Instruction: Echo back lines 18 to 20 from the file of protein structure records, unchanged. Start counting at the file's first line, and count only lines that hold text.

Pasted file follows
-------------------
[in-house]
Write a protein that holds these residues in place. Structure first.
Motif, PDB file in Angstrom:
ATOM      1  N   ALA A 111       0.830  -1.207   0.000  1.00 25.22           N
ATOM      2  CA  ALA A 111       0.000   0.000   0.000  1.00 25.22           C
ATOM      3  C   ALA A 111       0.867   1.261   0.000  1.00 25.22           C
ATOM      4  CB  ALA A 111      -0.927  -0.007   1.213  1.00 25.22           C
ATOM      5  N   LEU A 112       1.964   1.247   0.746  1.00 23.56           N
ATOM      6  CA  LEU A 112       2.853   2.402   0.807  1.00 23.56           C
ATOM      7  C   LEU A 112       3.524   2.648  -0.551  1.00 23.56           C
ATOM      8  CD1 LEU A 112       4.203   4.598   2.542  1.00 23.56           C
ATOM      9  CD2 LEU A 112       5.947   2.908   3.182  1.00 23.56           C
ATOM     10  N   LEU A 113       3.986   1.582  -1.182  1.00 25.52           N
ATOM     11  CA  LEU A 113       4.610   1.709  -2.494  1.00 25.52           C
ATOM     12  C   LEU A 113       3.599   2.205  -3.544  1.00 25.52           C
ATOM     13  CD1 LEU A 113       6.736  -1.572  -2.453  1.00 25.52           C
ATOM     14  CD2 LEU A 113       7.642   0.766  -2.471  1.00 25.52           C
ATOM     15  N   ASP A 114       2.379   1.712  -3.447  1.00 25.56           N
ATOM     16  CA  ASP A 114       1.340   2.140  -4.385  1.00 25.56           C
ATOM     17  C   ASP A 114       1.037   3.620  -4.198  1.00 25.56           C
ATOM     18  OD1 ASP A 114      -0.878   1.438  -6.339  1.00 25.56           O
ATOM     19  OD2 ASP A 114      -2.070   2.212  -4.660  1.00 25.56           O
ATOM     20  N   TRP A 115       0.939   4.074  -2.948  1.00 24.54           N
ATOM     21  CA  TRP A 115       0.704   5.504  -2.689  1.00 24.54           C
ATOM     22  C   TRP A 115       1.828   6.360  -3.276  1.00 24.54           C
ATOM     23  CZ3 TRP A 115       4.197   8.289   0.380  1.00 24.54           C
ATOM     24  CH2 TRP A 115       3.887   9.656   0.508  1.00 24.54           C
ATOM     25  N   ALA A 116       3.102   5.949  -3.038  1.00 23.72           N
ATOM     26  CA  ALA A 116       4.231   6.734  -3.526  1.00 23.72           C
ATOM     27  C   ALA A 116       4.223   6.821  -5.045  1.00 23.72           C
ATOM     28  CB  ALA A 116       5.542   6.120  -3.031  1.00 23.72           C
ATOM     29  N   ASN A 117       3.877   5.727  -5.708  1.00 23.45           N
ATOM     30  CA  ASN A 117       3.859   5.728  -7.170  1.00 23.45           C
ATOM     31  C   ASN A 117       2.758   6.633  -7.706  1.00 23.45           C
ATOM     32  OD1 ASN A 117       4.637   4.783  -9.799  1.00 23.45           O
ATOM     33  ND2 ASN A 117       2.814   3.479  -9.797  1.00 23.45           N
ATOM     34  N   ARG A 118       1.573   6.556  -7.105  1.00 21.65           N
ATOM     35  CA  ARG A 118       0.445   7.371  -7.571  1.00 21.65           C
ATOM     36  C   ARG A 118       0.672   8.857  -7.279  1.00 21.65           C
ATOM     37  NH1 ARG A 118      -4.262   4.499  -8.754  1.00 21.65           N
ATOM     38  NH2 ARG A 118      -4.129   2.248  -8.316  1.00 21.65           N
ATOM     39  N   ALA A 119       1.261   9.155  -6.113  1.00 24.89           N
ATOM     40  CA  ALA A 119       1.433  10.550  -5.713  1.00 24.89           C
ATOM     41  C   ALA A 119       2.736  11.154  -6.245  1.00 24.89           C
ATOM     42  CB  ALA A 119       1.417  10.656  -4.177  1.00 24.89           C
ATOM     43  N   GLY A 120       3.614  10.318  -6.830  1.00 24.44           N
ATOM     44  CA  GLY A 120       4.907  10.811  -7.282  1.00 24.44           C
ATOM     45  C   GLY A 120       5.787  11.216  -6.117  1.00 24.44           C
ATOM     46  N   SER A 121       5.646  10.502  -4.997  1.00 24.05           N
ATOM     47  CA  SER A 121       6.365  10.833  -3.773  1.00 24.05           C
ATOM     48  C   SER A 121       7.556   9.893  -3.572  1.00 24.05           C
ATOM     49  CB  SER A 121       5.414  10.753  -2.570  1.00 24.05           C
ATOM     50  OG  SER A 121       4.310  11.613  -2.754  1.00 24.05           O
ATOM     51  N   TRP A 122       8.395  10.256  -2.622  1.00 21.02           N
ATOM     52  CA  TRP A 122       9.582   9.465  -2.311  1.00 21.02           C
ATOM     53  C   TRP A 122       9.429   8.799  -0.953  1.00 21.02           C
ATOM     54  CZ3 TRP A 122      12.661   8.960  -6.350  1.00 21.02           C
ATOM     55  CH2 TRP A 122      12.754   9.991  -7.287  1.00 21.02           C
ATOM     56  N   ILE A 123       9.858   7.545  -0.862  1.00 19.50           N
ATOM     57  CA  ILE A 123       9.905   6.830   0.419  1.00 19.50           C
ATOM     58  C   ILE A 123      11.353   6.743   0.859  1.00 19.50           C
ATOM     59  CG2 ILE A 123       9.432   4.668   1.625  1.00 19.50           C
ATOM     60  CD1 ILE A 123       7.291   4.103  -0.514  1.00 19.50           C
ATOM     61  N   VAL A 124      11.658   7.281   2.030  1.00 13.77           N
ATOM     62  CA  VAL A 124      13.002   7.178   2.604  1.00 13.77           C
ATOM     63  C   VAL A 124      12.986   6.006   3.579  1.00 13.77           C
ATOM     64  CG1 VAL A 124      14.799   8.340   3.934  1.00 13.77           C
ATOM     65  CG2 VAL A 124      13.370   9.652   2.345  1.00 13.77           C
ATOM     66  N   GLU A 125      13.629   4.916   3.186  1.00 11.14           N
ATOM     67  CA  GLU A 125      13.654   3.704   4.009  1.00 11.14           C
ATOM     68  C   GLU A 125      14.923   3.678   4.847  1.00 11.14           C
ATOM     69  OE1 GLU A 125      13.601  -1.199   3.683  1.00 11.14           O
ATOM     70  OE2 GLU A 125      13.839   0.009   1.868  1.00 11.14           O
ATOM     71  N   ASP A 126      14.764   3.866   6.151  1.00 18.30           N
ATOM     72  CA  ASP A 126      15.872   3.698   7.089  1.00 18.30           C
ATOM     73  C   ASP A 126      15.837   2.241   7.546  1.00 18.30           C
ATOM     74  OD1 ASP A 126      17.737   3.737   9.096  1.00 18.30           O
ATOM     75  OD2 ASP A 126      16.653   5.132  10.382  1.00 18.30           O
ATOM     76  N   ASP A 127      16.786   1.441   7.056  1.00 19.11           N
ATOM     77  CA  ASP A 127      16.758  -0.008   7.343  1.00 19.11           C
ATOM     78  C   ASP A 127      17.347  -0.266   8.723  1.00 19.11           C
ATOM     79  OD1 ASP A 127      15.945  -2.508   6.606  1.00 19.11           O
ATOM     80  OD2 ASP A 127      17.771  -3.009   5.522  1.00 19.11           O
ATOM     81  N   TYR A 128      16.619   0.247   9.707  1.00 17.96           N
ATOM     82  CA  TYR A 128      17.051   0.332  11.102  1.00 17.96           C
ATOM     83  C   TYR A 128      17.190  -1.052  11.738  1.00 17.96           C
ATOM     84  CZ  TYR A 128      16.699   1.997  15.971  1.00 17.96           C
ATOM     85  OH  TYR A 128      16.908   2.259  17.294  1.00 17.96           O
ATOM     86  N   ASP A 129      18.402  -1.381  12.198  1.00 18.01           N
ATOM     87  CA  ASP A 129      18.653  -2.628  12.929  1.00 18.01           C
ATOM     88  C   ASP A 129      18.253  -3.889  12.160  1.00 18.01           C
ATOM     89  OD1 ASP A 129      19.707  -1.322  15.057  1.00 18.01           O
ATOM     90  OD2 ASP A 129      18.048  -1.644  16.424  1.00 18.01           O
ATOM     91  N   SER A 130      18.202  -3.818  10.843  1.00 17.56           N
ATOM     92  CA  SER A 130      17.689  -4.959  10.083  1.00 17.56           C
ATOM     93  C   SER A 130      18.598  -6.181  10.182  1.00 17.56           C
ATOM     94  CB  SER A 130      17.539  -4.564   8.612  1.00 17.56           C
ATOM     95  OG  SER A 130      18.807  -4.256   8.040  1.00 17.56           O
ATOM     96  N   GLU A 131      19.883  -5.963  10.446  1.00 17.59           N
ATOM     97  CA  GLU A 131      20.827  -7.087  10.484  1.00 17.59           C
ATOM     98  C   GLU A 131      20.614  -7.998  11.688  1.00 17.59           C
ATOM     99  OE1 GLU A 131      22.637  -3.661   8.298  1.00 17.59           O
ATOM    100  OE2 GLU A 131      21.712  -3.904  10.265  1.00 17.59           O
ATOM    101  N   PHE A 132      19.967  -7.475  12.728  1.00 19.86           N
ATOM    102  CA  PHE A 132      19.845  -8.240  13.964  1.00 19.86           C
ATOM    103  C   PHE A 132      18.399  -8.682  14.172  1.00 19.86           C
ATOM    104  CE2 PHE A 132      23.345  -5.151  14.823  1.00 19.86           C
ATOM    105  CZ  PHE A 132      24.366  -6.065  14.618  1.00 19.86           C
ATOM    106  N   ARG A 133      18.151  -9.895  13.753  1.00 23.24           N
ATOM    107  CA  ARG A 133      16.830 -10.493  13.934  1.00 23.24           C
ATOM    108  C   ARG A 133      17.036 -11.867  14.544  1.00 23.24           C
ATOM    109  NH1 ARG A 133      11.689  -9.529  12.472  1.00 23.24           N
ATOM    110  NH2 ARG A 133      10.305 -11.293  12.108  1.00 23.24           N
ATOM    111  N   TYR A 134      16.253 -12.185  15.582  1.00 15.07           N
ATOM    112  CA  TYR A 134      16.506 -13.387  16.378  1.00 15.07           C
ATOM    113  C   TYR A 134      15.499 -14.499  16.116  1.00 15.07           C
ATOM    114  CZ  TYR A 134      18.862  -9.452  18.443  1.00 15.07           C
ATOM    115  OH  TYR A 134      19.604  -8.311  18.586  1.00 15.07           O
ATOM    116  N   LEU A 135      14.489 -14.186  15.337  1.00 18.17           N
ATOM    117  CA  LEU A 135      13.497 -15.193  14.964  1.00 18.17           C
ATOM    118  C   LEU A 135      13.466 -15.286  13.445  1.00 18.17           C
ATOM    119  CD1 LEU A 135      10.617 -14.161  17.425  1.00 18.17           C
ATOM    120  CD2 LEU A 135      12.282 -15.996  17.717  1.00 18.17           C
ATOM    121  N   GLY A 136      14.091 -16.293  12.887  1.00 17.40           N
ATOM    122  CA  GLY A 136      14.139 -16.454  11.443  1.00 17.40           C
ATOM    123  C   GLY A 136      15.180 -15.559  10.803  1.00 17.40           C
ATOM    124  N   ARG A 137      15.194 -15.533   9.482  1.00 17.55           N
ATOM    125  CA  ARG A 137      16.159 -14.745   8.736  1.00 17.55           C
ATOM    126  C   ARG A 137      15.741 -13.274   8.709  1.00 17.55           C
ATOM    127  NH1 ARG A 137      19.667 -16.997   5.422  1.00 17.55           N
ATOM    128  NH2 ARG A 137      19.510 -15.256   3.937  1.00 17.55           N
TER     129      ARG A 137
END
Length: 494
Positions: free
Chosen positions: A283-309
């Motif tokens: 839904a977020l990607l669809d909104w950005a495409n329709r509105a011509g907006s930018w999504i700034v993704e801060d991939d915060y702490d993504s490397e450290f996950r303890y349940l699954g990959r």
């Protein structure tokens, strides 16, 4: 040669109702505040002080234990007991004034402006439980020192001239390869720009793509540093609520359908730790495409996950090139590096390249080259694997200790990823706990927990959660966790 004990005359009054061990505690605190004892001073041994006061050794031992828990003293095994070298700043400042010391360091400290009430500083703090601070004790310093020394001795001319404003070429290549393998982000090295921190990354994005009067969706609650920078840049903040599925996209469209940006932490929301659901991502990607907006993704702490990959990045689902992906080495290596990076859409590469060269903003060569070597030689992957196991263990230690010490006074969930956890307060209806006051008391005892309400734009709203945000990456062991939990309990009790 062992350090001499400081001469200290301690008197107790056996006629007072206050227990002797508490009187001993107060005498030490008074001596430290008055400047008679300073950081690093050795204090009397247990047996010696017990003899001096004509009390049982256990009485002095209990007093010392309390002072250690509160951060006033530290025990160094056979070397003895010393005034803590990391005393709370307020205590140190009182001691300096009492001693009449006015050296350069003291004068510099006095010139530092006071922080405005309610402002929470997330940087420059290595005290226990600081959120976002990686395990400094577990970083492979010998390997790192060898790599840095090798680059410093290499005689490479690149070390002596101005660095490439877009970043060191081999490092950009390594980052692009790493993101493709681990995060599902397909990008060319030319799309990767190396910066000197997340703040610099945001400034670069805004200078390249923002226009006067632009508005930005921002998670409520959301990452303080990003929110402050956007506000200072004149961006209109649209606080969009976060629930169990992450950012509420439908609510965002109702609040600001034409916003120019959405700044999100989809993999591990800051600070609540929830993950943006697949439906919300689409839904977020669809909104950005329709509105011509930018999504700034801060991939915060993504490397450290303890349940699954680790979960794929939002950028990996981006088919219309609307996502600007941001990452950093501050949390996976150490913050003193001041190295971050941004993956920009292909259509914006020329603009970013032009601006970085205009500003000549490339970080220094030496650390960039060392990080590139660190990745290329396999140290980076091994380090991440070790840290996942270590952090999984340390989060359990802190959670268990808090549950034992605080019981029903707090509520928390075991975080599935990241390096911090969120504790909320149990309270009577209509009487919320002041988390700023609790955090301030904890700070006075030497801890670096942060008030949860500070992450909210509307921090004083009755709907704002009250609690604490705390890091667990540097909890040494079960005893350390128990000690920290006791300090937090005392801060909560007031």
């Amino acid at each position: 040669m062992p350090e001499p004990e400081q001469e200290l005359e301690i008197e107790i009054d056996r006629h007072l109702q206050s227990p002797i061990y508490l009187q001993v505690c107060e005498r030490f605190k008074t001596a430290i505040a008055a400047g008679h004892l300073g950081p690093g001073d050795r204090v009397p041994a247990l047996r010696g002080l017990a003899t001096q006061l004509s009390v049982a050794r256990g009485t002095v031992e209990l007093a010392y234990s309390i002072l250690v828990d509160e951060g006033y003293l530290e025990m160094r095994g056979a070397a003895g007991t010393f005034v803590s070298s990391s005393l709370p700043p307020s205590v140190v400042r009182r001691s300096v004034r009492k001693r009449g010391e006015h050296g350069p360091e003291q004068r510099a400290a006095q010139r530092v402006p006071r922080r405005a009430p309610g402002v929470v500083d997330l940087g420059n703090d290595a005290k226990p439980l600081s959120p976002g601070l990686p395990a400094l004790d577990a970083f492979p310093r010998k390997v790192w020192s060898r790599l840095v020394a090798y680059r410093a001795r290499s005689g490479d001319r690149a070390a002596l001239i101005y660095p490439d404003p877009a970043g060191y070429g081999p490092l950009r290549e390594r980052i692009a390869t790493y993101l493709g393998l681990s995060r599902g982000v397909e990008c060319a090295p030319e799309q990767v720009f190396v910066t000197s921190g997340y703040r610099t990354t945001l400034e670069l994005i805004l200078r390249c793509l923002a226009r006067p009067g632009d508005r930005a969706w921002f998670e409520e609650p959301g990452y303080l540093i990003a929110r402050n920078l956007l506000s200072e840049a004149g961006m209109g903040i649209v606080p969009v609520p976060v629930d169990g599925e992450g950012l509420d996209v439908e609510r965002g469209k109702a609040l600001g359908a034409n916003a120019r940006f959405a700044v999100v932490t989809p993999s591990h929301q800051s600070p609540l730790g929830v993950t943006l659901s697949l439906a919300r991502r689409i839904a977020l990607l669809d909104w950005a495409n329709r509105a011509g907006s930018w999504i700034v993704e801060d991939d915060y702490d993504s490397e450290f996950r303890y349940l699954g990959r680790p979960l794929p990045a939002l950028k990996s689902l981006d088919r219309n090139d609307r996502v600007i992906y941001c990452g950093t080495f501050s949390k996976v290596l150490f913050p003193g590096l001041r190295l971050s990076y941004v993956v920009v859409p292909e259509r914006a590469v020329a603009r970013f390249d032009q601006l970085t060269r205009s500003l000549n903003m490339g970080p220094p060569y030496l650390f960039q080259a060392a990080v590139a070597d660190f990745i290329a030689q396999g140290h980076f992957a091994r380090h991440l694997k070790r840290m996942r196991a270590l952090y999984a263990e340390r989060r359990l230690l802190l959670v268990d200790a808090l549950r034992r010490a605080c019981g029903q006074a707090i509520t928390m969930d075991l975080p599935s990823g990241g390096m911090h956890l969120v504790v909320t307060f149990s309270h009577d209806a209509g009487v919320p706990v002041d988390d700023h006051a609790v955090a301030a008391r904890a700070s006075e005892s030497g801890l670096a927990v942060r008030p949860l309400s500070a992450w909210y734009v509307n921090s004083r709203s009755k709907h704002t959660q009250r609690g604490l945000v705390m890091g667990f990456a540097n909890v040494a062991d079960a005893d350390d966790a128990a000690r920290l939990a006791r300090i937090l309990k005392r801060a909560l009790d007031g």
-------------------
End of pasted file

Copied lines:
ATOM     15  N   ASP A 114       2.379   1.712  -3.447  1.00 25.56           N
ATOM     16  CA  ASP A 114       1.340   2.140  -4.385  1.00 25.56           C
ATOM     17  C   ASP A 114       1.037   3.620  -4.198  1.00 25.56           C